Reminder: State of the Volunteer Travel Industry Survey

Just a reminder in case you missed it: the 2013 State of the Volunteer Travel Industry Survey is underway!

You can view the previous one here (opens in a new tab as a PDF), or on our Voluntourism Research page.

With this report, we want to continue our research to see how the field has expanded, shrunk, or changed. Your participation in this survey will give us an accurate pulse of the industry within the United States, and will help us as we move forward with research, best practices, and more.

All participants’ information will be kept strictly confidential and only the results and a total list of companies that participated, will be produced—for free, and for all to see.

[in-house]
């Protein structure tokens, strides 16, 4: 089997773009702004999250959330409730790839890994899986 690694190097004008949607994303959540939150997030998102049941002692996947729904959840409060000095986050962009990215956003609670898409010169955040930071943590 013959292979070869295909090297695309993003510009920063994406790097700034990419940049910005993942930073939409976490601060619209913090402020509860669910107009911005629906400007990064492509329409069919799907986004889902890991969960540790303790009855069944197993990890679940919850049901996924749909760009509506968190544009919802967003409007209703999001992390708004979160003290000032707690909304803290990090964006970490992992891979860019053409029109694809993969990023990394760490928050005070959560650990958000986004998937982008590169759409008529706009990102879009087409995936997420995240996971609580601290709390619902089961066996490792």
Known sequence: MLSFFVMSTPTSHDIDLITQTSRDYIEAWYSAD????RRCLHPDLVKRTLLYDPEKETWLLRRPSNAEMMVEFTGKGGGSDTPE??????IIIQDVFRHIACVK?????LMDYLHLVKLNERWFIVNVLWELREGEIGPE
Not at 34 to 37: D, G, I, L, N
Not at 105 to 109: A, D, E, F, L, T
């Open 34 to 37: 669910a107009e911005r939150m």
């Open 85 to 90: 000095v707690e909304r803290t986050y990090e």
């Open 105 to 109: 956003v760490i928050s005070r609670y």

There are two ways to participate: wait until Alexia or I call and harass you, or just send me an email (Sarah@FrayedPassport.com) with your answers. We’d much prefer an email, as this will help us keep a record of your responses—from you directly—so that nothing gets lost in the mix, and so that we’re both completely on the same page about what you’ve reported.

Also let me know if you’d be willing to send the volunteer survey out among your networks, and I will send you a survey that is branded for your organization.

Criteria to qualify as an operator in this survey:

  • Have a U.S. office
  • Send U.S. volunteers abroad
  • Not faith-based in any way
  • Volunteers must pay for their placement